Group aggression: a universal genetic and cultural disease?

(August 2002; a Hungarian version appeared in the daily newspaper “Népszabadság” January 23, 2002)


“Human beings live so short and

they cannot spend even that short time in a  peaceful way.”

(My mother)



As the first anniversary of the September 11 tragedy approaches and a possible new war between the U.S. and Iraq gets closer, newspapers have been flooded with analyses of possible causes and possible consequences. However, an observer sometimes can feel that most of these analyses remain on the surface and there would be a definite need for a deeper view both in space and time. As analogies to this tragedy, one immediately remembers tragic aggressive conflicts of the past like the holocaust, the world wars, the Rwanda massacres, and many wars of the past and present.


One tends to think that the above-mentioned tragedies are all links in a long-long chain: the chain of aggressive conflicts between groups of people; the beginning of this chain fades away in prehistoric ages. One may start to wonder at this point: if aggression between groups is so persistent and even the best efforts of the greatest minds of the past were not enough to reduce it a bit, does not it have some deeper, constantly working underlying cause? This way I came to think that it is useful if first we try to imagine conflicts of prehistoric people, living in groups, say one hundred thousand years ago. Such a group, if it were allowed to live isolated in a given area, probably were able to keep a balance with its environment for a long time. Finding food, maintaining the habitat could go on without any essential change either in the environment or in the numbers or life of the group. Events in nature, changes of weather, attacks of illnesses or wild animals could become sources of hardship and individual tragedies, but the group with its combined strength and accumulated knowledge supposedly were usually able to overcome these. (We are still here today, aren’t we?) Consequently, the greatest danger to such a group must have been some other group of people, living either in the neighborhood or wandering around by accident. The other group may plunder food, occupy land, carry off women, and kill people. Defense against a larger or stronger fighting group could have been hopeless.


Since this situation may have lasted for hundreds of thousands of years, and by the laws of evolution it was an advantage in natural selection if a group was more successful in combats against other groups, one comes to the hypothesis that this process has changed the nature of human aggression and there was a shift from individual to group aggression. Since members of different groups could have been very similar in appearance, the need to make distinction required the introduction of external marks (body ornamentation, “battle-dress”) and distinguishing sounds. There was a need for increased cooperation among the group members as well. So one may even think that these changes were a major factor in the formation of human language and culture.


If one tends to accept this hypothesis, it follows that a main characteristic of homo sapiens, comparing it to other primates, is a larger level of group aggression, based on genetic and cultural factors, against alien groups and their members. Who is counted as a member of an alien group may depend on differences in appearance, in language, in behavior, and also in many other circumstances, which may even be difficult to determine or could be ambiguous. Then, you like it or not, genetic and cultural inclination for aggression against alien groups can be found in any human beings, even in the most placid, best educated and highly cultured ones, since this was a basic condition for survival of his/her ancestors in prehistoric ages.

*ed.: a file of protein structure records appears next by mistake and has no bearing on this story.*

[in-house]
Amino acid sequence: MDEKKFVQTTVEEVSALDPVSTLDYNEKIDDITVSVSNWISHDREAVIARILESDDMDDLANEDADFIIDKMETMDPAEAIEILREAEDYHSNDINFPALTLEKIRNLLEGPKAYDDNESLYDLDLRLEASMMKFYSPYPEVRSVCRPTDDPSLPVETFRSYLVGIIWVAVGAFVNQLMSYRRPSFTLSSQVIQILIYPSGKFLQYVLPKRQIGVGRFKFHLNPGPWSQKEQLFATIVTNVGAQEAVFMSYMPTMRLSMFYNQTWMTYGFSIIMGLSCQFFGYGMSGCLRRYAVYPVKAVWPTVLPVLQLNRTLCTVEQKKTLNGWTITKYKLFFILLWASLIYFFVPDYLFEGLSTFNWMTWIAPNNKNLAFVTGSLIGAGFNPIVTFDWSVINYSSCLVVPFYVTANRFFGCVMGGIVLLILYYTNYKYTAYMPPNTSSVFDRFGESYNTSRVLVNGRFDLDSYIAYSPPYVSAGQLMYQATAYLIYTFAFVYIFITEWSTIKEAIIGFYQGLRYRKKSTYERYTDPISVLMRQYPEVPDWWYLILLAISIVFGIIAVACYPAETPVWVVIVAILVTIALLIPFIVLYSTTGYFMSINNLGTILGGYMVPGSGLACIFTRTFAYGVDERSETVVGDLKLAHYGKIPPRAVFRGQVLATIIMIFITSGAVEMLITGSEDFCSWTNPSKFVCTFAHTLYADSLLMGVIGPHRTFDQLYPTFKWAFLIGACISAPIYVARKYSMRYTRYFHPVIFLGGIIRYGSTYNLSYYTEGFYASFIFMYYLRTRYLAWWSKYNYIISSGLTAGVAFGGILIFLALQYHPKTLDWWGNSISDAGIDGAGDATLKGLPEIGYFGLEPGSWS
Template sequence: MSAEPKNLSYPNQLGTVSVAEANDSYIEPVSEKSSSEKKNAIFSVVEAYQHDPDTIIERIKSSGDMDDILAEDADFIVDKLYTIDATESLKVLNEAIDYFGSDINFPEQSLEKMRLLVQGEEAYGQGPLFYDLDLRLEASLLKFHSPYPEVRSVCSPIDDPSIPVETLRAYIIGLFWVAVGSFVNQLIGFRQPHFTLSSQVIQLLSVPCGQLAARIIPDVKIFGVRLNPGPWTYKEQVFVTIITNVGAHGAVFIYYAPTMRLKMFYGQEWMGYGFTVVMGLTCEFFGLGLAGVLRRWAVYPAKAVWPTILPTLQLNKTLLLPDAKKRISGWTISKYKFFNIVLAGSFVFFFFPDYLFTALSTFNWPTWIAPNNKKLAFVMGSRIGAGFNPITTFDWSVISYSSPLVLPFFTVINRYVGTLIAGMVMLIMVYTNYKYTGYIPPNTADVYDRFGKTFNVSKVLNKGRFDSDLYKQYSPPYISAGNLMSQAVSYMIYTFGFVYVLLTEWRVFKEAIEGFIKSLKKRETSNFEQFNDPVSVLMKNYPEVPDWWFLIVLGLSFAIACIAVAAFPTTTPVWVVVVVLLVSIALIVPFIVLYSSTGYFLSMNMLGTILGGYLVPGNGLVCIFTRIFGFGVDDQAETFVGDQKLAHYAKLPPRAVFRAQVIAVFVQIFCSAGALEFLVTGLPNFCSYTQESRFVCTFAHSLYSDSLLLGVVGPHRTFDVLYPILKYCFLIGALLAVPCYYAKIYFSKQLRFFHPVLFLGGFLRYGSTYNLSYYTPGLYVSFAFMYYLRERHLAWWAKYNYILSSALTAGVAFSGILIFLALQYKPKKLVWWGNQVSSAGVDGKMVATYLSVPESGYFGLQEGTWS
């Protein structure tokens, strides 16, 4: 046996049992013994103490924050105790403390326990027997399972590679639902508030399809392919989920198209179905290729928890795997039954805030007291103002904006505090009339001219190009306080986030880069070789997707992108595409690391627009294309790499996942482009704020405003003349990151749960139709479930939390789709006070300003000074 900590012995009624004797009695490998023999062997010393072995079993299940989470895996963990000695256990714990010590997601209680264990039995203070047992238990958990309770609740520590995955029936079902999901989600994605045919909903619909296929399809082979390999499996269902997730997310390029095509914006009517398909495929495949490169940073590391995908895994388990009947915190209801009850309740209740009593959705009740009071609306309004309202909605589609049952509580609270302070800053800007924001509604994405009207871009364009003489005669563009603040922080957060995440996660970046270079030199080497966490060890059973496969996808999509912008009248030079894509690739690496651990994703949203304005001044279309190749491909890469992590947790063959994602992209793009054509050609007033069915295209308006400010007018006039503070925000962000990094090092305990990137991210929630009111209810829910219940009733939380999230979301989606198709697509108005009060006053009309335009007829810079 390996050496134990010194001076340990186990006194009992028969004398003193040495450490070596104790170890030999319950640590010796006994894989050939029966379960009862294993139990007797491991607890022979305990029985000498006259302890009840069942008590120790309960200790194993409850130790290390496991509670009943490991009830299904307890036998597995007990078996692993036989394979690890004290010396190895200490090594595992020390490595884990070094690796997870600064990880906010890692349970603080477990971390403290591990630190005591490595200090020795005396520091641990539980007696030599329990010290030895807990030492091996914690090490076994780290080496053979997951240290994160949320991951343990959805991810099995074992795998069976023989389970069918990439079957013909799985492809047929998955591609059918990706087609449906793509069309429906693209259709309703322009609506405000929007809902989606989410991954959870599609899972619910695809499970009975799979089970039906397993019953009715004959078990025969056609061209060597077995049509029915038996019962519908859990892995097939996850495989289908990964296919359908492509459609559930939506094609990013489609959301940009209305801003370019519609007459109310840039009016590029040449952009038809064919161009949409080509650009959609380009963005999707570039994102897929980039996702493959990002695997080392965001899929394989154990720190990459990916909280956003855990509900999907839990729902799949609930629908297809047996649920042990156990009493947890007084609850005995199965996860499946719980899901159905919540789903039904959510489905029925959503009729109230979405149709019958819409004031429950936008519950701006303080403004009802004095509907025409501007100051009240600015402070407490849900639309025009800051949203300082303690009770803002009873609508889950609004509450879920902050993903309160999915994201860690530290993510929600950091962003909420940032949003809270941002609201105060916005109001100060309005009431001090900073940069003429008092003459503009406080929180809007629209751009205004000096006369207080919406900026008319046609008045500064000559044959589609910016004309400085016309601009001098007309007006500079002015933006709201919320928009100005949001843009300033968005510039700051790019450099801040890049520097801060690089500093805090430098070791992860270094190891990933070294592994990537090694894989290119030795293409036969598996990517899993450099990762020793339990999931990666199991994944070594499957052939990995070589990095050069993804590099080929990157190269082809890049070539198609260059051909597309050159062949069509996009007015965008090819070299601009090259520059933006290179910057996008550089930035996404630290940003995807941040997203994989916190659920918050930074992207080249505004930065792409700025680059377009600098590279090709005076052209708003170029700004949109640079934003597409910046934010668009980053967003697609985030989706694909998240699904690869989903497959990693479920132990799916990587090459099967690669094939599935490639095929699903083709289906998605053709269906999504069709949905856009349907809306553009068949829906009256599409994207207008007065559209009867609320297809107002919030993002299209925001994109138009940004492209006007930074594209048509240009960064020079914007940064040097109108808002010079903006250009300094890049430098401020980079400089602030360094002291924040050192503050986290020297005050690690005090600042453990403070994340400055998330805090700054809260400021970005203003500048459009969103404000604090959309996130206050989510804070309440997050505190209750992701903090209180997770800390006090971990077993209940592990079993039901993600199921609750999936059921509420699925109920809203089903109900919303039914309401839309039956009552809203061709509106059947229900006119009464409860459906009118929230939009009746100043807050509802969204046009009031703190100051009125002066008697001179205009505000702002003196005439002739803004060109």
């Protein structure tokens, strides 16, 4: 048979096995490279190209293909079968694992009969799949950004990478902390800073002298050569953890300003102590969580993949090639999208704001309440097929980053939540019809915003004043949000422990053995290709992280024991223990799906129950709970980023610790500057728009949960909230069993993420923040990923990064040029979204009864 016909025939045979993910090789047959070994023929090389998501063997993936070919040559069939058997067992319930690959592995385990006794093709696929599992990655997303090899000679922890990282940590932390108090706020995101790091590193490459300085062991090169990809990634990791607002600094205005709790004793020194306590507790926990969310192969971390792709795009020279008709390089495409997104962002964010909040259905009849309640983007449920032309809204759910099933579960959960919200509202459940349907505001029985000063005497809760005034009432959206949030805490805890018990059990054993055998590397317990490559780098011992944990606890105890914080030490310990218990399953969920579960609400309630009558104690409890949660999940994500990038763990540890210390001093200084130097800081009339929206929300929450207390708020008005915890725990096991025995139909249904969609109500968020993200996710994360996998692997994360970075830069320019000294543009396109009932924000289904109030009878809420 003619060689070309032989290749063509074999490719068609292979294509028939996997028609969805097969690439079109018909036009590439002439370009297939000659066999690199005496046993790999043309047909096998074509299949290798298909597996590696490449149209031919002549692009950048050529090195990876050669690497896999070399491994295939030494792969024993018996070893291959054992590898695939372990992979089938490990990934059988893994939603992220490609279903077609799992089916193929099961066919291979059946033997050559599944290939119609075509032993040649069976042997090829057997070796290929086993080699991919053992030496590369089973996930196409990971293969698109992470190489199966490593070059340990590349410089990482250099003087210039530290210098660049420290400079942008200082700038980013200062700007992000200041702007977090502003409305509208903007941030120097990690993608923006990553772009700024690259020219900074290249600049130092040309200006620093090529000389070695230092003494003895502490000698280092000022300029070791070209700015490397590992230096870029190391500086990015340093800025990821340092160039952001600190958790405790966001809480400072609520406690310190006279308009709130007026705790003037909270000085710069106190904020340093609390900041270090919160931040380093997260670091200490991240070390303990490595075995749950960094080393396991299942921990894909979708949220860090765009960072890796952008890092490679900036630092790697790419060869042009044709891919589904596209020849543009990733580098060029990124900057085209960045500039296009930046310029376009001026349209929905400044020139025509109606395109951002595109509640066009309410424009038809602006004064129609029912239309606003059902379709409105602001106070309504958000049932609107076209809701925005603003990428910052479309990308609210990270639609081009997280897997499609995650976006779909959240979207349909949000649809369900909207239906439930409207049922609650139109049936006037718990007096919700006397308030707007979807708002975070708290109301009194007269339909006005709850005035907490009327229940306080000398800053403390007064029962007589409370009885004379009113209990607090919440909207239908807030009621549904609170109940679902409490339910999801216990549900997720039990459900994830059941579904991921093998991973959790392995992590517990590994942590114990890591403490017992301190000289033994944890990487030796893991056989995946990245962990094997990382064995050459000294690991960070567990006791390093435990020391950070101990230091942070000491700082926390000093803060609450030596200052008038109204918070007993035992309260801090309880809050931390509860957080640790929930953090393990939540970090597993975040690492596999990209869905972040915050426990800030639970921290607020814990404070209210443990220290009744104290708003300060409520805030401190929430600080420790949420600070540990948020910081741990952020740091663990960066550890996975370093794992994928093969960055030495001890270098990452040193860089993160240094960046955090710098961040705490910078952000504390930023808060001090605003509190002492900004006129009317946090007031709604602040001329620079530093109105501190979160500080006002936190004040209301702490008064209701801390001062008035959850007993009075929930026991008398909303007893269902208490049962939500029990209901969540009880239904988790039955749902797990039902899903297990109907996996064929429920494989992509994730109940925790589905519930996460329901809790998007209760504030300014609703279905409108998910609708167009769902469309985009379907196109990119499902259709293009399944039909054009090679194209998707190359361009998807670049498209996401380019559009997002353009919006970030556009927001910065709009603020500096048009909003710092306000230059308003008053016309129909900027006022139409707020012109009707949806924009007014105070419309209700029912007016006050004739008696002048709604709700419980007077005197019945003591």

Naturally, in the last few thousand years there were essential (but not fundamental) changes in this area because of the progress of human culture and civilization. One of the main tasks of laws, ethics, morals and education was and remained to control and confine aggressive instincts in order to stabilize the society and the coexistence of neighbor groups. However, history seems to teach us that their success has been only partial. First, one could observe a hypocrisy concerning laws like “You shall not murder”. Such laws have been mostly directed toward members of someone’s own group and only in a lesser degree toward members of alien groups, especially during fights. Second, one could see that during unfavorable circumstances (e.g. economic or political crises, lasting poverty and under-development) the pillars of education, ethics, morals and laws might have collapsed.


What follows from all these? To be clear, let me emphasize what certainly does not. It does not follow that good education, good laws, good ethics and morals would be unnecessary; that the analysis of concrete conflicts and elimination of possible causes would not be useful; that self-defense and punishment of aggression should be condemned. The main conclusion is that these traditional and necessary answers cannot give a complete solution. The history of the last one hundred years shows that mankind is more and more endangered because of the gaps in the above-mentioned traditional and necessary solutions, as our (hypothetical) genetic and cultural heritage of group aggression has been combined with newer and newer dangerous technological developments. If this is true, then it seems right to call group aggression a universal genetic and cultural disease of mankind that has lost its onetime evolutionary function. Here comes the question: Should we really consider it and try to treat it as a universal genetic and cultural disease and does mankind have any hope to be cured then?



Tamás Szabados

Associate Professor of Mathematics

Budapest, Hungary